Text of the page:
“The Last Duel” balances a tight act. It’s a thrilling medieval blockbuster that puts sexual assault at the forefront. Hola USA! participated in a press conference where Matt Damon, Ben Affleck, Nicole Holofcener, and Jodie Comer discussed the making of their new film.
Based on a true story, “The Last Duel” is a film told in three chapters. It follows friends turned rivals Jean de Carrouges (Matt Damon) and Jacques Le Gris (Adam Driver), and the complex position that Carrouges’ wife, Lady Marguerite (Jodie Comer) inhabits; Marguerite, very atypically for the time, accuses Le Gris of sexually assaulting her.
The film is a medieval blockbuster, with all of its trappings — swordfights, beautiful settings, and precise attention to detail of the era. It’s also a film about a woman who comes forward with the truth, accusing a man of sexually assuanting her and disregarding the dangers of the time. Somehow, director Ridley Scott — back in all of his “Gladiator” glory — and collaborators made a film that’s thrilling and perfect for theaters, with the most visceral sword fights in memory, without forgetting to honor its hero, Jodie Comer’s Lady Margarite.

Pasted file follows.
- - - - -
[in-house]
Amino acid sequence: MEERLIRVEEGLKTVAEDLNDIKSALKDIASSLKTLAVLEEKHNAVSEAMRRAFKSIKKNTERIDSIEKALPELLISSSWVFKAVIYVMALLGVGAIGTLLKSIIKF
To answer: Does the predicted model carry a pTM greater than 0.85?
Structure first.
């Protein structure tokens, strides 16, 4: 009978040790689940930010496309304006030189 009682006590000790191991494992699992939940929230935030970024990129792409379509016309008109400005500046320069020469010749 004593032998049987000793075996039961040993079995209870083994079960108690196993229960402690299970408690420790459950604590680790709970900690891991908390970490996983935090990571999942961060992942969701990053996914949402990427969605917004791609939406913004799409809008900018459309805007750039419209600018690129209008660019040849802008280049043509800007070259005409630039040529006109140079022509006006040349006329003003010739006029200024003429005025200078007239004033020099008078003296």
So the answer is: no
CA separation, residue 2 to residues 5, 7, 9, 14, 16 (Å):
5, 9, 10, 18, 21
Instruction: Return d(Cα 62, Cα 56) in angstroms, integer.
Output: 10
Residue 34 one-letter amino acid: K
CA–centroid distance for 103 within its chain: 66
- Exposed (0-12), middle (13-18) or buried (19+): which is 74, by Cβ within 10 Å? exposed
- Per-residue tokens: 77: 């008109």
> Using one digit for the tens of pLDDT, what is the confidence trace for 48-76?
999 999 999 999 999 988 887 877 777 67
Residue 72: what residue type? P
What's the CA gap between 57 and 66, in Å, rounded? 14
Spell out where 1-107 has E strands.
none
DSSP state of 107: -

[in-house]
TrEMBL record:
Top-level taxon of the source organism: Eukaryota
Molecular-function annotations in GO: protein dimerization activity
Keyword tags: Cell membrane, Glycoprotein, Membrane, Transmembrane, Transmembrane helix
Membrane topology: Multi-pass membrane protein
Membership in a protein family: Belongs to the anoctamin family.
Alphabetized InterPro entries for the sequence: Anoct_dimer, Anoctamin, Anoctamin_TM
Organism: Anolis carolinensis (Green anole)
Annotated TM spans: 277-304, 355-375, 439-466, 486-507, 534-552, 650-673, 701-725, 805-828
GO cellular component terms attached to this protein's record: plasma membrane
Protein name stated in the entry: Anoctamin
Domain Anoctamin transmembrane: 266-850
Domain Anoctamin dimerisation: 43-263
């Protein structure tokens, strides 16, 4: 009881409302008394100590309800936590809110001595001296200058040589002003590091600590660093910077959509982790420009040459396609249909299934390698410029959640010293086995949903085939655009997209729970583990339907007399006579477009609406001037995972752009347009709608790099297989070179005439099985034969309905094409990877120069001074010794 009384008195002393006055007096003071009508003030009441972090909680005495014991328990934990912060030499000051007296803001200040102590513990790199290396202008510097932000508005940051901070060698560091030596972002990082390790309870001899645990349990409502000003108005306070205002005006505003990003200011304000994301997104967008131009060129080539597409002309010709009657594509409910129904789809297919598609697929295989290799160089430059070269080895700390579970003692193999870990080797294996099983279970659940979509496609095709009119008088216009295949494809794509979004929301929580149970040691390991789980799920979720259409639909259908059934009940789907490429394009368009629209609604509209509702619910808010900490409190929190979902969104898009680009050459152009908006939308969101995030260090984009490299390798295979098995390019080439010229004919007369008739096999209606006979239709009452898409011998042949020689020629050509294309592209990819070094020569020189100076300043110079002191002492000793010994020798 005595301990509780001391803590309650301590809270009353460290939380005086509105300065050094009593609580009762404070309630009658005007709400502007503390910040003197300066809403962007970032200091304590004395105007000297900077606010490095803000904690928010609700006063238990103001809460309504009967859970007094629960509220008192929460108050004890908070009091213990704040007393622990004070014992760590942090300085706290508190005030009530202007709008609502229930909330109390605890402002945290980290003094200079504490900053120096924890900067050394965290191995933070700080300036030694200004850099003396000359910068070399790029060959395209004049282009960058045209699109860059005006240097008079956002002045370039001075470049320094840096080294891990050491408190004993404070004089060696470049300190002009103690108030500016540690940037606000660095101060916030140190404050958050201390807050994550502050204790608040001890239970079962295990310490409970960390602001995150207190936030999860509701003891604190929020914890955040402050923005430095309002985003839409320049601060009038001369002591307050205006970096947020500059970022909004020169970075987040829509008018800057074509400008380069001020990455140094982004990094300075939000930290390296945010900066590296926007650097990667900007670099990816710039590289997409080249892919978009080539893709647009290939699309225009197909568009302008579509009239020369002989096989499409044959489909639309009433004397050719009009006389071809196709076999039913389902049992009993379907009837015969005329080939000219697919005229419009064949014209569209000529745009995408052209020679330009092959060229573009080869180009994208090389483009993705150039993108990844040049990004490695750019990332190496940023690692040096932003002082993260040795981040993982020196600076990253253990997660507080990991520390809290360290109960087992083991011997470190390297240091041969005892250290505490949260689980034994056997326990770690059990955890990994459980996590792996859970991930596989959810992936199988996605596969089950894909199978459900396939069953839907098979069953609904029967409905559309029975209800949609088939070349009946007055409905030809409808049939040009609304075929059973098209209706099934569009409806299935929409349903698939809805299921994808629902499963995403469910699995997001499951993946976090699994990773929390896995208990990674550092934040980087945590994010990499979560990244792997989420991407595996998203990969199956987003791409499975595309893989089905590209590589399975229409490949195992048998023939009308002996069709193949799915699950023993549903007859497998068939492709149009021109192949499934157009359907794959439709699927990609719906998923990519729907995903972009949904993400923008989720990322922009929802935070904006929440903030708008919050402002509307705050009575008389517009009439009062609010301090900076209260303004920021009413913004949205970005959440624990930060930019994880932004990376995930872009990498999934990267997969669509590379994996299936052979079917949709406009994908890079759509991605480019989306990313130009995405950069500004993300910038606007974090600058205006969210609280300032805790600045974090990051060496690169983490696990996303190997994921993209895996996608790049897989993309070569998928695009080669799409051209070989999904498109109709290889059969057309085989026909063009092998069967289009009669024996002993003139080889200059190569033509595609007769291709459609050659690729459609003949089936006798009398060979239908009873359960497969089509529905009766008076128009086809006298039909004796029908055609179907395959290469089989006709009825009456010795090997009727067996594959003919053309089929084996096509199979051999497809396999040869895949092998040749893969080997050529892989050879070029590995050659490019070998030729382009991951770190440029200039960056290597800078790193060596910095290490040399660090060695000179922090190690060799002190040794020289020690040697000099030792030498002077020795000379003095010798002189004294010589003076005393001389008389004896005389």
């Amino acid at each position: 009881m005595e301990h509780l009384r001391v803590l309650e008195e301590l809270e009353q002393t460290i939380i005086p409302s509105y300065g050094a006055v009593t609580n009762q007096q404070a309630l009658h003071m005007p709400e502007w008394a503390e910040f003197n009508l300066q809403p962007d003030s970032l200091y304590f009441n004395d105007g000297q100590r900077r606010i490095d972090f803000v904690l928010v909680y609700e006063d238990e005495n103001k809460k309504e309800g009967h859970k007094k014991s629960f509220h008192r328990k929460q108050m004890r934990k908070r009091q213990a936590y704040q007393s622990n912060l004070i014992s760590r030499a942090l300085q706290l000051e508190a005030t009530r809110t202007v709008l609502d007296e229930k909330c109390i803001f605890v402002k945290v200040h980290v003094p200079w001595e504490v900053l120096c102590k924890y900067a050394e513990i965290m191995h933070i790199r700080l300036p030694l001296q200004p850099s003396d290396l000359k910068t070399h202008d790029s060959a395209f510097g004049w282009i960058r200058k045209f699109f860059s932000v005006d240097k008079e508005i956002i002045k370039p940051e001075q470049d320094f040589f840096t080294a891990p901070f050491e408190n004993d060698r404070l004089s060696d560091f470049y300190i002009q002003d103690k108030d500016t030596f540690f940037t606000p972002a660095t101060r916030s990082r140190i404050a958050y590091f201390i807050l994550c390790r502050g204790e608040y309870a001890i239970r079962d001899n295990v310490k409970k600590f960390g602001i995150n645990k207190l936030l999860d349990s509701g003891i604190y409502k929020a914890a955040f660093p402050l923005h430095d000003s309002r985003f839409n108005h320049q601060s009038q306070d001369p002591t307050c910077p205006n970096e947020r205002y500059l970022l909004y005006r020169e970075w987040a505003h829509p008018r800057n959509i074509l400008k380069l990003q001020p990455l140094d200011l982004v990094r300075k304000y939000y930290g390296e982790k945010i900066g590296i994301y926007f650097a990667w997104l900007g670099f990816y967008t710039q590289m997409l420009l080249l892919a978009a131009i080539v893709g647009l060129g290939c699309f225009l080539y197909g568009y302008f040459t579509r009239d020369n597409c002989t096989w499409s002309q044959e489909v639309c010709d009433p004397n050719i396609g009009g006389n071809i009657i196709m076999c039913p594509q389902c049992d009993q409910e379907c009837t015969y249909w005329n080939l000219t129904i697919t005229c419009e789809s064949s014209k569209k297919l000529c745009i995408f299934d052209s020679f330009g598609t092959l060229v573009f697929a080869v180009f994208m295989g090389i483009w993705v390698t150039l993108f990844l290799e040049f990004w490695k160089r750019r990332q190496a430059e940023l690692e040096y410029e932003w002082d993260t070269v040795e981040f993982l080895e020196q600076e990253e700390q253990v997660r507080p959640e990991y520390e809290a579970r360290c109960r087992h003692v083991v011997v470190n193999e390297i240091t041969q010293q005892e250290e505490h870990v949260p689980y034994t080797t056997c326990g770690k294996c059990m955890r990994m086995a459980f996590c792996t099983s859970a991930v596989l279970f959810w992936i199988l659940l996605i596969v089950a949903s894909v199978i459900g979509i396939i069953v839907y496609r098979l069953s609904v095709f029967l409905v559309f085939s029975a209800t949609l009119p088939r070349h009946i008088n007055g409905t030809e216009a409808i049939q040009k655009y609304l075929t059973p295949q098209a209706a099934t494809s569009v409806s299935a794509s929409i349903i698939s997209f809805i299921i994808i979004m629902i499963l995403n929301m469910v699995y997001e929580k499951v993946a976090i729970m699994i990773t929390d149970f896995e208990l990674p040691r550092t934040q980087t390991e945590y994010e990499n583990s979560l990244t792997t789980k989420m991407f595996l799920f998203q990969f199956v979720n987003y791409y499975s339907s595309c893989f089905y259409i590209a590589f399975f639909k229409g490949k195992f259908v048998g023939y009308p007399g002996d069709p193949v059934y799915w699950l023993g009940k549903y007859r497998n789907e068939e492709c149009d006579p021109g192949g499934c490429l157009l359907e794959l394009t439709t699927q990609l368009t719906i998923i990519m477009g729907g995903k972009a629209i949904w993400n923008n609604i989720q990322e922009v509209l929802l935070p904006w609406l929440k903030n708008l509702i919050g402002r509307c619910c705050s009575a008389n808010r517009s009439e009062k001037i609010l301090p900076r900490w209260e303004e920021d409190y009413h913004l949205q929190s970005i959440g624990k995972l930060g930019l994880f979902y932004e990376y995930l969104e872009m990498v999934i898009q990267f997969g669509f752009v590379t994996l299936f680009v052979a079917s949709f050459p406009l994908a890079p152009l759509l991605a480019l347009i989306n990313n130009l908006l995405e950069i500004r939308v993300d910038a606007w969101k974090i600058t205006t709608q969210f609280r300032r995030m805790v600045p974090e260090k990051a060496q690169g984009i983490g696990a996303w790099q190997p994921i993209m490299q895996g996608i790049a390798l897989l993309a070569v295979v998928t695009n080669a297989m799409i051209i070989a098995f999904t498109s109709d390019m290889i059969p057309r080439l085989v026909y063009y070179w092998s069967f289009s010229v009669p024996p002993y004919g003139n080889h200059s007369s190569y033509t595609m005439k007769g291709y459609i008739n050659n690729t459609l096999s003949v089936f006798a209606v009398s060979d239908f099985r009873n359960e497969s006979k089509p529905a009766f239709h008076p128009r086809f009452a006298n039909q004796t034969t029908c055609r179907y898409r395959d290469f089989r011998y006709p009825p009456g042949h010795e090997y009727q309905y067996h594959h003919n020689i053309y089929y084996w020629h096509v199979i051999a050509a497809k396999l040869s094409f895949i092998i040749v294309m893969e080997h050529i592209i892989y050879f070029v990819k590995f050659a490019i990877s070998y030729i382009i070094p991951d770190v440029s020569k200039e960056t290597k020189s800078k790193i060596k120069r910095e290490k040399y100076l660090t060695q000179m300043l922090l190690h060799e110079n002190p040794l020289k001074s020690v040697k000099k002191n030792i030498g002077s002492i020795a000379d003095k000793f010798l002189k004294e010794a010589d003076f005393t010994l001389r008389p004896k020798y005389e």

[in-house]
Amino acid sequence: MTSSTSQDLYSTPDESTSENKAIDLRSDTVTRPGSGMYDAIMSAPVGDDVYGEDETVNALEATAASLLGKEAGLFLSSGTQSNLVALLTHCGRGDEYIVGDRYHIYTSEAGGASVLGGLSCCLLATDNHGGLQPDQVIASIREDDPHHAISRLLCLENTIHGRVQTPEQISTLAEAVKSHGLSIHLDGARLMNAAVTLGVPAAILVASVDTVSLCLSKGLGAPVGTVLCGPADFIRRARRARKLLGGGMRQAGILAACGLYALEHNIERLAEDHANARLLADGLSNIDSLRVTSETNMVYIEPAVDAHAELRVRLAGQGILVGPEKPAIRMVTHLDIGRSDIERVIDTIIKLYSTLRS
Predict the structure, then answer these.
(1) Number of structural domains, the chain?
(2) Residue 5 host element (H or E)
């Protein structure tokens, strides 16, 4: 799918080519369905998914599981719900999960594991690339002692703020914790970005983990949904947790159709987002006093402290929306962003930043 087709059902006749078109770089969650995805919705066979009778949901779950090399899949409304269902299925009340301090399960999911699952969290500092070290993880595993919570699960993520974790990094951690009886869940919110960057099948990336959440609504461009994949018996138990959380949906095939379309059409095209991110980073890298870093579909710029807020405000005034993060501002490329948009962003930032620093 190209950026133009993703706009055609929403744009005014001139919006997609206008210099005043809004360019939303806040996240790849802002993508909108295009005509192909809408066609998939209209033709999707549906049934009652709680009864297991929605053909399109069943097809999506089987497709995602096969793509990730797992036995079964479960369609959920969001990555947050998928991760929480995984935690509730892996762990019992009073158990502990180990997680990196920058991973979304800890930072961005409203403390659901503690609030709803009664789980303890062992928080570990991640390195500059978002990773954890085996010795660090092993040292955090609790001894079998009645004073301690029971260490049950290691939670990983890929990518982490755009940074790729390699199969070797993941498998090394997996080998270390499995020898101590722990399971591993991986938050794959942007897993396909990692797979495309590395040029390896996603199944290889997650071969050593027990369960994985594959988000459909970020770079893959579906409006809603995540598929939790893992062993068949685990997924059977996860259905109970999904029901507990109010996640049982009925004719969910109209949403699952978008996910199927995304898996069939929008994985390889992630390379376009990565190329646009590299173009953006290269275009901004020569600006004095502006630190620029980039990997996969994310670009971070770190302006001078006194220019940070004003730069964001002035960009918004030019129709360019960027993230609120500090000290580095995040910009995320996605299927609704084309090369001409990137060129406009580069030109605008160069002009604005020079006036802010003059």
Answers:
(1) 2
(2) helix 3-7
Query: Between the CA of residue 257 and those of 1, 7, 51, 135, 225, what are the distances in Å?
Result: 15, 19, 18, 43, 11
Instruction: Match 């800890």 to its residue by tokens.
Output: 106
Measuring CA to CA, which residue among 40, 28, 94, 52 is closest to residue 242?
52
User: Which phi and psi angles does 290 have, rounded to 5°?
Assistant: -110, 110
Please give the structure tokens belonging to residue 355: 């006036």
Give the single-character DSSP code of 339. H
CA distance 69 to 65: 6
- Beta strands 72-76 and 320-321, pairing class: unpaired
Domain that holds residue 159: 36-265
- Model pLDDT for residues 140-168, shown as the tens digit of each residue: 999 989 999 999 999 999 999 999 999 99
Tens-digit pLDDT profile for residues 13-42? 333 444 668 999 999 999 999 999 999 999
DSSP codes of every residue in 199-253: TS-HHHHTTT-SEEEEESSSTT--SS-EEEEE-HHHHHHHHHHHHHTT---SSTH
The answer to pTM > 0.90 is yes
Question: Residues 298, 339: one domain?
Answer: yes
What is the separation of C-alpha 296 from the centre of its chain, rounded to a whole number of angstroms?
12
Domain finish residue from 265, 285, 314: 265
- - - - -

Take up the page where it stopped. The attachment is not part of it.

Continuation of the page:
The project was kickstarted by Matt Damon, who, when looking for his next project, stumbled into the book written by Eric Jager, which provides a detailed account of the real-life event. Damon asked Ridley Scott if he wanted to participate and Scott quickly said yes, intrigued by the story and the possibility of working with Damon once more. The two had collaborated on “The Martian” before, a film that was incredibly successful.
Much was said about “The Last Duel’s” structure, which has three distinct parts. Screenwriters took an inventive approach in writing the script; long-time friends Matt Damon and Ben Affleck took on their first writing project since “Good Will Hunting,” with each of them writing the perspectives of the character of Carrouges and Le Gris, respectively. “When looking for a writer, I was having dinner with Ben, I told him the idea and he was like, ‘Well why don’t we write it?’ and I was like ‘What? You want to write that?’,” Damon said. “It happened really organically.” Then Nicole Holofcener (writer and director of “Can You Ever Forgive Me” and “Enough Said”) was brought on board to write Lady Marguerite’s side of the story. While Damon and Affleck were tasked with adapting the book, Holocefner had the difficult job of writing the most important section of the film from scratch. “The men of the time took very fastidious notes of what they were up to,” said Damon. “They didn’t record what the women were doing. Nicole really had to create Margarite’s world.”
When asked about the difficulty of writing a historic character from scratch, of more or less creating her, Holofcener said that she approached writing Margarite like any other character, any other woman. “I wrote Margarite as a woman who had many talents and a personality. I just started writing and she was just this really brave and wonderful woman.”